Wednesday, June 23, 2010
Why Cheese Factories on the Moon?
It seems like a complete non-sequitur: Cheese Factories on the Moon. The title does not exactly scream “earmarks” or even “politics.” The first publisher to offer us a contract for our book insisted on a title change, believing it would be too hard to market the book. We waited for a second offer. Paradigm Publishers and our editor Jennifer Knerr offered us a contract. Our first question to her was: “Do we get to keep our title?” When she said “yes” it was a done deal; we quickly signed the contract before she could change her mind. Maybe it was an indication of Jennifer’s belief in the project, or an indication of her complete recklessness, or our own recklessness—maybe we worked hard on a book that will never sell!
Why were we so insistent on keeping the title? In part to communicate to potential readers that while we were taking on a serious subject—why earmarks are good for American democracy, which is the subtitle of the book—we intended to balance the seriousness of the subject matter with good humor, a contrarian spirit, and some irreverence. Hopefully the title also communicates accessibility. Political science scholarship is often opaque and, as a result, irrelevant to the public discourse. We wanted this to be a book that could be read by students and people who want to hear the other side of the argument about earmarks (yes there is another side to the argument but one would almost never know that). If we are lucky maybe we can influence the public debate in some small way.
But the title serves another purpose. It is inspired by former Texas Republican Senator Phil Gramm’s state was home to the superconducting supercollider project in, which many saw as a pork-infested boondoggle. He infamously said regarding his support for the supercollider:
As I am fond of saying, if the Congress had a vote on whether to build a cheese factory on the Moon, I would oppose it based on what I know now, and I cannot imagine the circumstance under which I would support it. But on the other hand, if Congress in its lack of wisdom decided to start a cheese factory on the Moon, I would want a Texas firm to do the engineering, I would want a Texas construction firm to do the construction, I would want the milk to come from Texas cows, and I would want the celestial distribution center to be in Dallas, Texas, or College Station, Texas, or somewhere else in my State.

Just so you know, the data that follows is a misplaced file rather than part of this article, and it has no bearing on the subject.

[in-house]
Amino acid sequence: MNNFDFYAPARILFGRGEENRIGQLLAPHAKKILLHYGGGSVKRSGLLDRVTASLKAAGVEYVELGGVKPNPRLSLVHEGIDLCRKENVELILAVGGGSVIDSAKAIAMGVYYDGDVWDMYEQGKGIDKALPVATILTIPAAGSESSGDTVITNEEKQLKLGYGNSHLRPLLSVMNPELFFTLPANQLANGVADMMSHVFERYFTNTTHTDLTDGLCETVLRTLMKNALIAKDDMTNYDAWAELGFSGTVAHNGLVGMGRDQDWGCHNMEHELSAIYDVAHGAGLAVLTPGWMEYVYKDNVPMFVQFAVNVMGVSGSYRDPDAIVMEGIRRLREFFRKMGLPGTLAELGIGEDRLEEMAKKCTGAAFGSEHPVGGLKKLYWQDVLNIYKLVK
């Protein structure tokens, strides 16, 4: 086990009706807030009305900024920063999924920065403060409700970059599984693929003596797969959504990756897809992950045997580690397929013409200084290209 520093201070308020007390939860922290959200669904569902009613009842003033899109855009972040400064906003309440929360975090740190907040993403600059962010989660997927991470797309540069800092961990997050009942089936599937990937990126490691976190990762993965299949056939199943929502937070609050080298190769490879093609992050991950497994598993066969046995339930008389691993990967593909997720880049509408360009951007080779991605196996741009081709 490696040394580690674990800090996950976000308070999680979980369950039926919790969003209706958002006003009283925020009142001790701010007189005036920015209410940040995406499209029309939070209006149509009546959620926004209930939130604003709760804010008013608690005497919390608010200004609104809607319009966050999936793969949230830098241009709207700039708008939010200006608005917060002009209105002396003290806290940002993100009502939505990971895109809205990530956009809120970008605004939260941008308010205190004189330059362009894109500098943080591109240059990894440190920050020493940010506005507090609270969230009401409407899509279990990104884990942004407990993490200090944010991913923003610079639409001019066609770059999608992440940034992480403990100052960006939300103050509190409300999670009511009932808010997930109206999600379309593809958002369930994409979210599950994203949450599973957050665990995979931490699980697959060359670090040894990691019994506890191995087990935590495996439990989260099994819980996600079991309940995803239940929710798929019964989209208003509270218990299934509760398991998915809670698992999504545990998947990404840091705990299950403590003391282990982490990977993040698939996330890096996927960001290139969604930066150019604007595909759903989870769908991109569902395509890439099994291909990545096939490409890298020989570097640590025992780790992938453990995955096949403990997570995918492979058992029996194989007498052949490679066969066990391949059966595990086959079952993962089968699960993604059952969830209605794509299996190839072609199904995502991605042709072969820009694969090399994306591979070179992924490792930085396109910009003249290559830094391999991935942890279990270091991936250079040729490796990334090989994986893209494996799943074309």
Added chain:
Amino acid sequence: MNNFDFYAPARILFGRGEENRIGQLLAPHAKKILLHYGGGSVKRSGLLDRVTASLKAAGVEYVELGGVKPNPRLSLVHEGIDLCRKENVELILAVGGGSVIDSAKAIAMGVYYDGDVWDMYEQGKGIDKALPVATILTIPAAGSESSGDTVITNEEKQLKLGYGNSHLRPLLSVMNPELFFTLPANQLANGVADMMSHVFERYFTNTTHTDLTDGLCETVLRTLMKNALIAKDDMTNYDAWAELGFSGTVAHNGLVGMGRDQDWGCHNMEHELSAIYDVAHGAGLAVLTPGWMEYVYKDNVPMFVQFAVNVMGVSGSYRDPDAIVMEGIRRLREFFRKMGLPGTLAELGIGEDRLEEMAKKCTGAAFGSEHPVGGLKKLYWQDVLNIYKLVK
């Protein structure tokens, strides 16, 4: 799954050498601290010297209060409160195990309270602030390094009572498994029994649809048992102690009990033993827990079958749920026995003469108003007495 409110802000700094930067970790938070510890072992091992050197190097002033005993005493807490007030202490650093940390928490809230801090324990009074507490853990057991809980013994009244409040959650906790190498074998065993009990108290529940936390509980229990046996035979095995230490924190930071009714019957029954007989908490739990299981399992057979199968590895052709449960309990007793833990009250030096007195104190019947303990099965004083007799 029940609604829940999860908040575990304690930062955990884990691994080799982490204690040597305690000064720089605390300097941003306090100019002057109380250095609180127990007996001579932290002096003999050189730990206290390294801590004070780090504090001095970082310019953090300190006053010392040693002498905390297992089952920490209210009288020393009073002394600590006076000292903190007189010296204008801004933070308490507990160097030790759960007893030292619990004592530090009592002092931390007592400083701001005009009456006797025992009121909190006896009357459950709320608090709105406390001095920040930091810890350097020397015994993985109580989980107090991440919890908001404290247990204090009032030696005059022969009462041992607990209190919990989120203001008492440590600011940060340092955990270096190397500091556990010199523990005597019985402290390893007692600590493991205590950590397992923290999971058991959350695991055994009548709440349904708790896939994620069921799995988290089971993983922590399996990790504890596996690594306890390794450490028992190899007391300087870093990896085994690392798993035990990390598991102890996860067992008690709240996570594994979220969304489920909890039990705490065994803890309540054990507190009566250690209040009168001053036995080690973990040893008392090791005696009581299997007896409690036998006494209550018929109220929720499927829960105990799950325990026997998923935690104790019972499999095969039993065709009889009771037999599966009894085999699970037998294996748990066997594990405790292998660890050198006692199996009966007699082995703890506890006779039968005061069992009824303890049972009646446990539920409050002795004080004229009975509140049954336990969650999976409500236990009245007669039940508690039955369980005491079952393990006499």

Senator Gramm’s quote reflects the tension that members of Congress face with regard to simultaneously serving the interests of the people who elected them and that they represent, and serving the national interest. It may not be in the national interest to build a cheese factory on the Moon; it may be a colossal waste of time and resources. But the American electoral system is, by design, based on geography; members of Congress are elected by voters grouped into distinct geographic constituencies (House districts and states). If lunar cheese production becomes the policy of the nation, a representative has a responsibility to pursue the maximum possible benefit for the people who sent him (in this case) to the U.S. Senate; for Gramm the people of
Gramm’s fanciful example also brings into view the important, if misunderstood, distinction between authorizing legislation and appropriations. The most consequential decision that Congress makes is whether to authorize the building and operation of an orbiting cheese factory. In so doing the Congress makes the project a priority. Appropriations earmarks (directing spending to particular functions, hence the term “congressionally directed spending”) are not about how the money will be spent—that decision is made well before actual appropriations are made, when the program is authorized—but where the money will be spent; will the money be spent in Texas or Maine, Washington or Florida, or somewhere else?
Someone has to decide where the money will be spent. Critics of earmarks prefer that the executive branch have exclusive domain over these decisions. But there is no reason to believe that the bureaucracy is a “politics-free zone” in which all decisions are made with sole recourse to the objective technocratic expertise and cost-benefit analyses. Presidents and other executive branch actors could easily use their power to award projects to the districts and states of influential members of Congress, or to benefit states that are important to his Electoral College coalition. And the executive branch is far less transparent than the Congress. Maybe it was a coincidence that in November 1988 the Department of Energy announced its decision to locate the superconducting supercollider in Texas, the home-state of Vice President (and soon-to-be-President) George H.W. Bush, Senator Phil Gramm, and then-Speaker of the House Jim Wright. Maybe it was not.
The focus on earmarks amounts to political sleight-of-hand. Pennywise and pound-foolish critics of earmarks misdirect the public’s attention. They cause the public to despair over congressionally directed spending (earmarks), while ignoring the far more consequential decision: the decision to authorize building a cheese factory on the Moon.